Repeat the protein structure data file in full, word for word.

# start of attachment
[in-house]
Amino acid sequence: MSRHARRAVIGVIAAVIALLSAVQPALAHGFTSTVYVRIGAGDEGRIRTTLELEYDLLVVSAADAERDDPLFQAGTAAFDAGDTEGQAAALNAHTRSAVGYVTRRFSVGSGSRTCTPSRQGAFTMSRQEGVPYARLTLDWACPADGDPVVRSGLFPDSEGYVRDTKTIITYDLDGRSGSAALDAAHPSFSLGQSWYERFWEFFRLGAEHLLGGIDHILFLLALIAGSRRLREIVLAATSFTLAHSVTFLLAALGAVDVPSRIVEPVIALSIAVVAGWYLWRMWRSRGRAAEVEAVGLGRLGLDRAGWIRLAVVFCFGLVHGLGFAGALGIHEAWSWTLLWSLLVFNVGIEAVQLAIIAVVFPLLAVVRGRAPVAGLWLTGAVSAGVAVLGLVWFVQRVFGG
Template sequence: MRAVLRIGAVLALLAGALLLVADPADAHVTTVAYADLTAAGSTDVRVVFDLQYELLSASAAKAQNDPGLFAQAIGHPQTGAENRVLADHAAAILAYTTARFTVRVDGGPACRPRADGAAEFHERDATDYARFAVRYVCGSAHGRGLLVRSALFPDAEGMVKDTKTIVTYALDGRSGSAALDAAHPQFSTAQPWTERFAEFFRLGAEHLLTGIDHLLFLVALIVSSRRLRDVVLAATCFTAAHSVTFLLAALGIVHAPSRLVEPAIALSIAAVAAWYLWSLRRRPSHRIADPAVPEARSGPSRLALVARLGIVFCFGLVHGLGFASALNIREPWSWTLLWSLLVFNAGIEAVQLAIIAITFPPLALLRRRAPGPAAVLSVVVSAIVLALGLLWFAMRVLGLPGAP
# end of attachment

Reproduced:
[in-house]
Amino acid sequence: MSRHARRAVIGVIAAVIALLSAVQPALAHGFTSTVYVRIGAGDEGRIRTTLELEYDLLVVSAADAERDDPLFQAGTAAFDAGDTEGQAAALNAHTRSAVGYVTRRFSVGSGSRTCTPSRQGAFTMSRQEGVPYARLTLDWACPADGDPVVRSGLFPDSEGYVRDTKTIITYDLDGRSGSAALDAAHPSFSLGQSWYERFWEFFRLGAEHLLGGIDHILFLLALIAGSRRLREIVLAATSFTLAHSVTFLLAALGAVDVPSRIVEPVIALSIAVVAGWYLWRMWRSRGRAAEVEAVGLGRLGLDRAGWIRLAVVFCFGLVHGLGFAGALGIHEAWSWTLLWSLLVFNVGIEAVQLAIIAVVFPLLAVVRGRAPVAGLWLTGAVSAGVAVLGLVWFVQRVFGG
Template sequence: MRAVLRIGAVLALLAGALLLVADPADAHVTTVAYADLTAAGSTDVRVVFDLQYELLSASAAKAQNDPGLFAQAIGHPQTGAENRVLADHAAAILAYTTARFTVRVDGGPACRPRADGAAEFHERDATDYARFAVRYVCGSAHGRGLLVRSALFPDAEGMVKDTKTIVTYALDGRSGSAALDAAHPQFSTAQPWTERFAEFFRLGAEHLLTGIDHLLFLVALIVSSRRLRDVVLAATCFTAAHSVTFLLAALGIVHAPSRLVEPAIALSIAAVAAWYLWSLRRRPSHRIADPAVPEARSGPSRLALVARLGIVFCFGLVHGLGFASALNIREPWSWTLLWSLLVFNAGIEAVQLAIIAITFPPLALLRRRAPGPAAVLSVVVSAIVLALGLLWFAMRVLGLPGAP